So, the Obama administration announced today that The Departments of Homeland Security and Justice will be starting a new process to review all 300,000 active deportation cases case-by-case to ensure that nobody is wasting time on silly cases (like gay people!) instead of more important cases (like serial killers!).
This is possibly relevant to your interests because, as aforementioned, LGBT people really get fucked by immigration, I even saw a thing about a San Francisco couple being split up by DOMA last night on the news (and by "the news" I mean The Daily Show)!
"[The group will] consider deportations on a case-by-case basis and focus its resources and efforts on high priority targets — individuals who pose a threat to public safety and national security or repeat immigration law violators. And while the review won’t explicitly offer categorical relief for any single group — like bi-national same-sex couples, children who were brought to America at a young age, pregnant women, military veterans — the process could provide greater protection for these populations. LGBT families and same-sex couples will be considered as families and could benefit from the discretion of the working group."
A "senior administration official" said this effort will set aside low-priority folks in favor of focusing more on "our more serious cases of convicted criminals and other high priority categories."
So, no luck for those of you gay-married to convicted criminals -- but will the review help couples like Bradford Wells and Anthony John Makk of San Francisco? A week ago the Obama administration denied immigration benefits to the couple, citing DOMA, which is especially unfortunate as Wells is the primary caregiver for his AIDS-afflicted husband.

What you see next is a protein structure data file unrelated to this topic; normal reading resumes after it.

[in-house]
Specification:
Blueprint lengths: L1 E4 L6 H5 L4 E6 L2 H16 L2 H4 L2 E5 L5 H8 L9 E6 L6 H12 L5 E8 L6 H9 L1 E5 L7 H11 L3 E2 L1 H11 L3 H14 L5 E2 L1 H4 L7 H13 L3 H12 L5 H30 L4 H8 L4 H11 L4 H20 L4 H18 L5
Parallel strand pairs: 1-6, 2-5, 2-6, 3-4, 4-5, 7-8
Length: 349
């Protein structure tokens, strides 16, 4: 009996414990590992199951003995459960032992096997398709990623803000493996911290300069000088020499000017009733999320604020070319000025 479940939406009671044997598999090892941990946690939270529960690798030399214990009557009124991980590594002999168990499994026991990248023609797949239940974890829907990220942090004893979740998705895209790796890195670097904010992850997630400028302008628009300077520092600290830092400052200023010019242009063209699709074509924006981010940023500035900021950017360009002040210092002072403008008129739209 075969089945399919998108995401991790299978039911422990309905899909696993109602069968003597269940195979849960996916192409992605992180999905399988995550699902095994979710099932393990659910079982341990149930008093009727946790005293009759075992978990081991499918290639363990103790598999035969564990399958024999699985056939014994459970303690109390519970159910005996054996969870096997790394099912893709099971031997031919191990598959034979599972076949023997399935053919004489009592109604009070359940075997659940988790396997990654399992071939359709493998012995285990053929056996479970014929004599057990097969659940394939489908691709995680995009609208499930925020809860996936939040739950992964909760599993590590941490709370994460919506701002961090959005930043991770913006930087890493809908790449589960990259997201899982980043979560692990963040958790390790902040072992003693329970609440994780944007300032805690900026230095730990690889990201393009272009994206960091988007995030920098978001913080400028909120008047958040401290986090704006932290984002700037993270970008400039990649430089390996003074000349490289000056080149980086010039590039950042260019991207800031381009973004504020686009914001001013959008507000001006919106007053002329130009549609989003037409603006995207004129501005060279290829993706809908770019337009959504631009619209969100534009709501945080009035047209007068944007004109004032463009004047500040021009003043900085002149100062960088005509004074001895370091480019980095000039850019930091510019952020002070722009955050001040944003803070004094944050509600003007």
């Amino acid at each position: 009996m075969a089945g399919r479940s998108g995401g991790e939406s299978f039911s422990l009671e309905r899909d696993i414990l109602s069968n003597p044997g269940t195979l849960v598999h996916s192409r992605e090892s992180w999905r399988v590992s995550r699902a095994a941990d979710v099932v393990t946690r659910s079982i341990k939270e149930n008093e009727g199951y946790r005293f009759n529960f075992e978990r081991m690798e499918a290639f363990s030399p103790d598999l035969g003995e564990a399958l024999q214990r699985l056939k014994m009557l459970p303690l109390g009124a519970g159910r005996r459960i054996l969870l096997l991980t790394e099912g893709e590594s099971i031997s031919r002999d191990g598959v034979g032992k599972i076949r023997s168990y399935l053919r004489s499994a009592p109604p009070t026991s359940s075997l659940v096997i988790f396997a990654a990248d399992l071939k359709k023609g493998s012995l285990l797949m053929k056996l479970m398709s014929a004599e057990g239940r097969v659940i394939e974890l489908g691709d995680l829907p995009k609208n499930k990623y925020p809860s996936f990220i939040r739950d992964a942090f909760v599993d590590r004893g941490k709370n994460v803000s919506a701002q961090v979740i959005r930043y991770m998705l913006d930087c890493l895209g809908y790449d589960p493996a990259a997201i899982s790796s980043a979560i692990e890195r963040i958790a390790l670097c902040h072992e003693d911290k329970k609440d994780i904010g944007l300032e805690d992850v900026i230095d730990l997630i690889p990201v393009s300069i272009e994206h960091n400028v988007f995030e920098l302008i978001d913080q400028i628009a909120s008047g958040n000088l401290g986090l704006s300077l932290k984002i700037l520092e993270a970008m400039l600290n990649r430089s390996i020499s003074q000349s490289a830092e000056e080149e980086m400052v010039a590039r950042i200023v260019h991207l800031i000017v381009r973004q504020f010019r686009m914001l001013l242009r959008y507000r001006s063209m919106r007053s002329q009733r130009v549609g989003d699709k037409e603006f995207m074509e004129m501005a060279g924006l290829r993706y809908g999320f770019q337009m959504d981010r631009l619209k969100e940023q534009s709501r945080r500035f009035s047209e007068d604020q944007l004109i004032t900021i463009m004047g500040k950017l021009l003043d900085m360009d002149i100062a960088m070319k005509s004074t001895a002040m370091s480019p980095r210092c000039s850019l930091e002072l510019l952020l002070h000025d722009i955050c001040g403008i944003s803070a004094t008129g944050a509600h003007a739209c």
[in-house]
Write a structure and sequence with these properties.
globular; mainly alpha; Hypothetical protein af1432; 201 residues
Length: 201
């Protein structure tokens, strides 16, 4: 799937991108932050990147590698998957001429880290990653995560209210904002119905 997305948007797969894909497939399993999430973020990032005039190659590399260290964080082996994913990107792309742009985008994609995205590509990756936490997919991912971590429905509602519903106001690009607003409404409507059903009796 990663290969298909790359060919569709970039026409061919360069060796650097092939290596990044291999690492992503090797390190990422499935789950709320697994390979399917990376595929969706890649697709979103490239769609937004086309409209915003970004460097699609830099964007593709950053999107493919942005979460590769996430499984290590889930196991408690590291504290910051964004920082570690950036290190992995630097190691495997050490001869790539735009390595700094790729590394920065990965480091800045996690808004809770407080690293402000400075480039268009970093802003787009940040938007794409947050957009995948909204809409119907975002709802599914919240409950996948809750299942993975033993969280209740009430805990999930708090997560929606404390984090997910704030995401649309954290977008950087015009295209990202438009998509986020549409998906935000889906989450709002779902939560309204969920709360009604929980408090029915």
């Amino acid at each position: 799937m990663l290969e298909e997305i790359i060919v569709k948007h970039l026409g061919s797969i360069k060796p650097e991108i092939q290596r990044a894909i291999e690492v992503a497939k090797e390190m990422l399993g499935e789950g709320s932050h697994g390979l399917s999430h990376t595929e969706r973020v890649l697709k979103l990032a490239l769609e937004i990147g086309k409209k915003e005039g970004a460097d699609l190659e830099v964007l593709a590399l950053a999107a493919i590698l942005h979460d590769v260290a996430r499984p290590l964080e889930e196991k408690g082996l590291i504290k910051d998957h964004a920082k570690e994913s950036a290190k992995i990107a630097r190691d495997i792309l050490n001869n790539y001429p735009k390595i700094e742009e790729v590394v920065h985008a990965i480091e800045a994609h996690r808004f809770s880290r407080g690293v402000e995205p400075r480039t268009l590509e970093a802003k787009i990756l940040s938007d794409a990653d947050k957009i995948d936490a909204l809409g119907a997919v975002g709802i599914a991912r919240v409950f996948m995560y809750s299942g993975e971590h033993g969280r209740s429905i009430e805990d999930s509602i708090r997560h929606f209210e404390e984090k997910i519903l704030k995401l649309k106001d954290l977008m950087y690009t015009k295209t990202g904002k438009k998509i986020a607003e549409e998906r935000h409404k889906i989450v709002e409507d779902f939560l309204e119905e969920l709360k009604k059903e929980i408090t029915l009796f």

Citing the Defense of Marriage Act, the U.S. Citizenship and Immigration services denied immigration benefits to this married gay couple from San Francisco, and ordered the expulsion of a man who is the primary caregiver to his AIDS-afflicted spouse. Makk is Australian and the two married in Massachusetts seven years ago and have been living together now for 19 years. He has been ordered to leave the U.S. by August 25th.
"The claimed relationship between the petitioner and the beneficiary is not a petitionable relationship. For a relationship to qualify as a marriage for purposes of federal law, one partner must be a man and the other a woman."
Since that decision was made on July 26, Immigration Equality has been working with the couple to appeal their case -- more specifically, Wells has been pleading with Homeland Security Secretary Janet Napolitano and President Obama to intervene on their behalf.
And! The thing is that Makk is not only Wells's spouse but he's also the primary caretaker of a citizen, has no criminal history, has legally resided in the US on various visas for a long time and left his job in Australia to start a business in San Francisco -- in short, he's a productive member of society, and has several factors going for him that are specifically outlined in the Obama administration's new guidelines. So along with the Obama administration's decision to stop defending DOMA, this ruling against Makk and Wells came as a bit of a surprise. Furthermore, even before today's announcement, the deportations were supposed to be focused on "national security, border security, public safety and the integrity of the immigration system."
I'm not saying that everything in the whole world is about us, but does anyone else feel like it's kinda about us? At least this one thing?
The saga of binational gay couples and immigration law has so far consistently been one step forward, two steps back, and one and three quarters steps forward again. This seems like more of the same. It's good news that there seems to be a concerted effort to treat committed, healthy families more generously than convicted felons, but it's hard to ignore the fact that this change didn't come fast enough for some -- Makk's deportation date is only a week away, and he's not likely to see a reprieve by the 25th. For him -- and his husband -- this change is too little, too late.